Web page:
|Cheryl Powers fixing the hair of her mother, Elaine Fisher|
The state’s public health department designated Parkview, a Bakersfield, Calif., nursing home, a “special focus facility,” requiring it to either fix lapses in care while under increased inspections or be stripped of federal funding by Medicare and Medicaid — a financial deprivation few homes can survive. After 15 months of scrutiny, the regulators deemed Parkview improved and released it from extra oversight.
But a few months later, Elaine Fisher, a 74-year-old who had lost the use of her legs after a stroke, slid out of her wheelchair at Parkview. Afterward, the nursing home promised to place a nonskid pad on her chair but did not, inspectors later found. Twice more, Ms. Fisher slipped from her wheelchair, fracturing her hip the final time.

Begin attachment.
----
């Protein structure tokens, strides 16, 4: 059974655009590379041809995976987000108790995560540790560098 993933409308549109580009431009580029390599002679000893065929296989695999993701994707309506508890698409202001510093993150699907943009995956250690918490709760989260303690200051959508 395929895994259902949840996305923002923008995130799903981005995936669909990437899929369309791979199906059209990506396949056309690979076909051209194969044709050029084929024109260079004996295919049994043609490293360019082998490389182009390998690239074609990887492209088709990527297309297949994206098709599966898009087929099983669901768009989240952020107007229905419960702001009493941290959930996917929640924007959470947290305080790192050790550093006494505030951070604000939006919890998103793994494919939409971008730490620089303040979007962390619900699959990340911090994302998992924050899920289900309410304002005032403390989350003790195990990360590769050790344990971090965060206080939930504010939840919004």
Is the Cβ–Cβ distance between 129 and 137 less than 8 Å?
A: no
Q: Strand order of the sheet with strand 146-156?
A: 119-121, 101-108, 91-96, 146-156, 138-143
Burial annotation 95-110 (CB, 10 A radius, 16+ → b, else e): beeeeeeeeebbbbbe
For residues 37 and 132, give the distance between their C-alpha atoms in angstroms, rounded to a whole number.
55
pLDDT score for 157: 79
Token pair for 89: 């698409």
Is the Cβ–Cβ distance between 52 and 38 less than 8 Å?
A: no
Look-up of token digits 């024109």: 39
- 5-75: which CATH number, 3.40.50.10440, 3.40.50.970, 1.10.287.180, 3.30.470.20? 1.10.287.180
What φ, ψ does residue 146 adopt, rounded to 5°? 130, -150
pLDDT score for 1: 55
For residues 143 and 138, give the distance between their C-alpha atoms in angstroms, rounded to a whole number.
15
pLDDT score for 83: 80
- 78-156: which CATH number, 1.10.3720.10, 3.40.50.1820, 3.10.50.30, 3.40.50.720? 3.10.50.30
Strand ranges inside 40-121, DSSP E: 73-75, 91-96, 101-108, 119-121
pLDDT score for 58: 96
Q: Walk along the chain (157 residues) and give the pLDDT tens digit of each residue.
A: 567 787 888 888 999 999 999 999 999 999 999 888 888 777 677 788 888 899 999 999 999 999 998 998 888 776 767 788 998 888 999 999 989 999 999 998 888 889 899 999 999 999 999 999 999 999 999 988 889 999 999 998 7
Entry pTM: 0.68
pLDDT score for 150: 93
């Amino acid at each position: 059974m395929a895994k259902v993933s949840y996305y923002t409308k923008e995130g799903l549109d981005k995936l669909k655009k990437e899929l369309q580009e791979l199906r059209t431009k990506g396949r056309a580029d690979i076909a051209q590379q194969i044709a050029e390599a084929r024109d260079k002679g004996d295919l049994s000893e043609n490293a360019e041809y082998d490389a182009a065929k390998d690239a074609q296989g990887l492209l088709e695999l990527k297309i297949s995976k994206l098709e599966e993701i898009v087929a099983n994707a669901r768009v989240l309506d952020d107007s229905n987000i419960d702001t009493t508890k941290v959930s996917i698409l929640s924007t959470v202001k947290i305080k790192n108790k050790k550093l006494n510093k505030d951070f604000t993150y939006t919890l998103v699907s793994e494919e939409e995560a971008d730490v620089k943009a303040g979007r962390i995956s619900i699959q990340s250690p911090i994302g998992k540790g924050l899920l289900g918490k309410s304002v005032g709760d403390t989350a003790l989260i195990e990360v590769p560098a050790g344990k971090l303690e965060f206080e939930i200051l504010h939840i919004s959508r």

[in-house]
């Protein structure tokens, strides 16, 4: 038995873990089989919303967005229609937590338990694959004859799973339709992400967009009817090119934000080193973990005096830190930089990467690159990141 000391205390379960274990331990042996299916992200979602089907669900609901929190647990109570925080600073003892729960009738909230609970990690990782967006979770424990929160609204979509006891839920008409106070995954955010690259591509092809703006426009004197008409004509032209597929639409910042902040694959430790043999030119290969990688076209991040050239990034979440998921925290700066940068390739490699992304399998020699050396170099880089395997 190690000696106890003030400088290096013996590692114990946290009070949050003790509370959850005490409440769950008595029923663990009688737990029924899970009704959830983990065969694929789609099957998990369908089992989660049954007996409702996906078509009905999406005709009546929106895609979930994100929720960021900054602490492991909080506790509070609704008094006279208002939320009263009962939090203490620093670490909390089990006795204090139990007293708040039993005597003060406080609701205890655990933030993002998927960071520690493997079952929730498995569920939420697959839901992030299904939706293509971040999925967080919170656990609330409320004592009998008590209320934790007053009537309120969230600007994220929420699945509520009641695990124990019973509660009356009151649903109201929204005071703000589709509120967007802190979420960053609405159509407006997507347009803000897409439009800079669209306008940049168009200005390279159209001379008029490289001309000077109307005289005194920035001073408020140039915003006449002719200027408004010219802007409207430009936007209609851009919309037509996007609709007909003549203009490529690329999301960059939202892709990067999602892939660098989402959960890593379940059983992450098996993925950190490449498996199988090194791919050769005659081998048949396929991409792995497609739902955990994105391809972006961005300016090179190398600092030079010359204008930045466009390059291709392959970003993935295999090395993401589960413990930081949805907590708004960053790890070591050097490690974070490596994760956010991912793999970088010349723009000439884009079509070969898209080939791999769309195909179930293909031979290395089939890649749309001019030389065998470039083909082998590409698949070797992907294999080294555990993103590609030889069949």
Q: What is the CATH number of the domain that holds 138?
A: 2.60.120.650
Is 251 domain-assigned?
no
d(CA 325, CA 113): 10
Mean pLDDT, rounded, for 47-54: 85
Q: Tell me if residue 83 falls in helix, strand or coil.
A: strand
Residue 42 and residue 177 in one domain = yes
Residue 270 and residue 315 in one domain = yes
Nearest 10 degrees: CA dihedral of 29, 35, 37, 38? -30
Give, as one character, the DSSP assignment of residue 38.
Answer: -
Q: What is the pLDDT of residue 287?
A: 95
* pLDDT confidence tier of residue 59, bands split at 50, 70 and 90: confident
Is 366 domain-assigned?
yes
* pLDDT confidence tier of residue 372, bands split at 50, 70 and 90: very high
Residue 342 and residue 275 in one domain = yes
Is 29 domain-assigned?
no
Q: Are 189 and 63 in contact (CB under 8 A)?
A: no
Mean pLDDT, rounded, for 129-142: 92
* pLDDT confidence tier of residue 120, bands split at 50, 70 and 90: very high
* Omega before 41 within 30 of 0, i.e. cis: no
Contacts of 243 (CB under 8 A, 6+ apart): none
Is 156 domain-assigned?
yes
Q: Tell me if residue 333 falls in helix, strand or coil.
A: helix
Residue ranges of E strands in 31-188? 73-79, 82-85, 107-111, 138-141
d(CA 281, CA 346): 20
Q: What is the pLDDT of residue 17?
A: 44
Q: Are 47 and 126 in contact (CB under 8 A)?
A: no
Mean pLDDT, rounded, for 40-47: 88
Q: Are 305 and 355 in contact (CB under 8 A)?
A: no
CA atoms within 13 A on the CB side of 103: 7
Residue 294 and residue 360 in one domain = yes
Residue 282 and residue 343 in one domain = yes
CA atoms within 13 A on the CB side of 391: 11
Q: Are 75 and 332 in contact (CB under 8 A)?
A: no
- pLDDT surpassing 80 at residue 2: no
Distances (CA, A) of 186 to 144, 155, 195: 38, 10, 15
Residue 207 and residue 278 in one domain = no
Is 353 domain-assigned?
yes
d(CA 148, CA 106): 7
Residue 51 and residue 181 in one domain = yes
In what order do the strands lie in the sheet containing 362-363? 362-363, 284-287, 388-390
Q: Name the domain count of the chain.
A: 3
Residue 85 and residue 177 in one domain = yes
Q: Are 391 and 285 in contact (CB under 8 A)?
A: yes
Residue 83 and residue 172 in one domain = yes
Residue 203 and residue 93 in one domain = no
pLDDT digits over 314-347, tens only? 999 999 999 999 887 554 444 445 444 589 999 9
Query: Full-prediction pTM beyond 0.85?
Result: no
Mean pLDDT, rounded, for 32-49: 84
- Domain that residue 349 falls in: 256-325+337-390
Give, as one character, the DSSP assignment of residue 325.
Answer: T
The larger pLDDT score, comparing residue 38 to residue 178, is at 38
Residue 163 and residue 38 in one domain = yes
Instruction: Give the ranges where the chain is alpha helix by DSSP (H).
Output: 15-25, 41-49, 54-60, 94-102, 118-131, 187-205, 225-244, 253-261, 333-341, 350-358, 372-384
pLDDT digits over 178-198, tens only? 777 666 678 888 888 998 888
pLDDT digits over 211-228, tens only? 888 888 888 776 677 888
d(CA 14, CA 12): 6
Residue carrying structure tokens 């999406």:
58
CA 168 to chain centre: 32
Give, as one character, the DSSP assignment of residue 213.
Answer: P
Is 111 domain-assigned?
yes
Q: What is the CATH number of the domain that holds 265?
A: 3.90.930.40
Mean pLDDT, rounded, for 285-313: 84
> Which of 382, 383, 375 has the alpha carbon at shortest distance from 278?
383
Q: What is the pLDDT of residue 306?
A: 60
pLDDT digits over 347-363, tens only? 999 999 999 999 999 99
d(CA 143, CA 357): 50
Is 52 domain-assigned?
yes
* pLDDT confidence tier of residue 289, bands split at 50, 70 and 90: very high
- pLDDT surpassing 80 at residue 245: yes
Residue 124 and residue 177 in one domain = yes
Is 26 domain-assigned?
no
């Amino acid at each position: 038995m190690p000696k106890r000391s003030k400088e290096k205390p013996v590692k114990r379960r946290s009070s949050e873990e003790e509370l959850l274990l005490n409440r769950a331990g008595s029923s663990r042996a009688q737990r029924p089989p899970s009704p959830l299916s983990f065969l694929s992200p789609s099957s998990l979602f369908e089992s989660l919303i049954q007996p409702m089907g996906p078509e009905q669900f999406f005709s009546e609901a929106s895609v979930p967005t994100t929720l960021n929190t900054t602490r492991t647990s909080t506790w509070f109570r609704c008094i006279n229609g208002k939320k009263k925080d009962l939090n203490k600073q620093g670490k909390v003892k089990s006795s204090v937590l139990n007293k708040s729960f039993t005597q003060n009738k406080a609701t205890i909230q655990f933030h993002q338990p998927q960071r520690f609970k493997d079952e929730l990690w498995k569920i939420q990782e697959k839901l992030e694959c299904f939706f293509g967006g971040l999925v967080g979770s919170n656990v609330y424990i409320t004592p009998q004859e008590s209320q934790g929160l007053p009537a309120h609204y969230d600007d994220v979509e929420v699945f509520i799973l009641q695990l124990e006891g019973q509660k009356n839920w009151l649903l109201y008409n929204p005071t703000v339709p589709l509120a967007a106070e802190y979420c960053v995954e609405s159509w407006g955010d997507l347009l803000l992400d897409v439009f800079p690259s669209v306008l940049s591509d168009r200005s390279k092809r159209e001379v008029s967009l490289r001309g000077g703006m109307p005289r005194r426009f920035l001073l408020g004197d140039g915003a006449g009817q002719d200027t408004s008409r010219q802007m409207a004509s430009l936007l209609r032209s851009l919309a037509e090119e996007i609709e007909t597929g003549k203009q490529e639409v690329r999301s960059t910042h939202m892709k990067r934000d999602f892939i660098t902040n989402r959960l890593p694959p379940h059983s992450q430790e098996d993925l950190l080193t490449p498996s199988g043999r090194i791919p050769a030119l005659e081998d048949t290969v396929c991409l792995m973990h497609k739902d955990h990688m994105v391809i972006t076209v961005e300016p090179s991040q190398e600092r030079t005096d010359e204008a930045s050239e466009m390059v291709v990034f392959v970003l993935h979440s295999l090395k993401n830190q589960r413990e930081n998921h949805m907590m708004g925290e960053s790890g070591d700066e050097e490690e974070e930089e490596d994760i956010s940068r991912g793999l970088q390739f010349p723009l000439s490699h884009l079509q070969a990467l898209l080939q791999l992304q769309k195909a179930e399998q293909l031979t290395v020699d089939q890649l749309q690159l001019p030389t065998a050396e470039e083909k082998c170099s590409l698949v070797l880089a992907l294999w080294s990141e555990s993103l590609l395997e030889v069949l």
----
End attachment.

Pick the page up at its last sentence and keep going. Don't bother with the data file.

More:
The violation drew a $10,000 penalty for Parkview, one of 10 fines totaling $126,300 incurred by the nursing home since the special focus status was lifted in 2014.
While special focus status is one of the federal government’s strictest forms of oversight, nursing homes that were forced to undergo such scrutiny often slide back into providing dangerous care, according to an analysis of federal health inspection data. Of 528 nursing homes that graduated from special focus status before 2014 and are still operating, slightly more than half — 52 percent — have since harmed patients or put patients in serious jeopardy within the past three years.
These nursing homes are in 46 states. Some gave patients the wrong medications, failed to protect them from violent or bullying residents and staff members, or neglected to tell families or physicians about injuries, inspection records show. Years after regulators conferred clean bills of health, levels of registered nurses tend to remain lower than at other facilities.
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Poor Patient Care at Many Nursing Homes Despite Stricter Oversight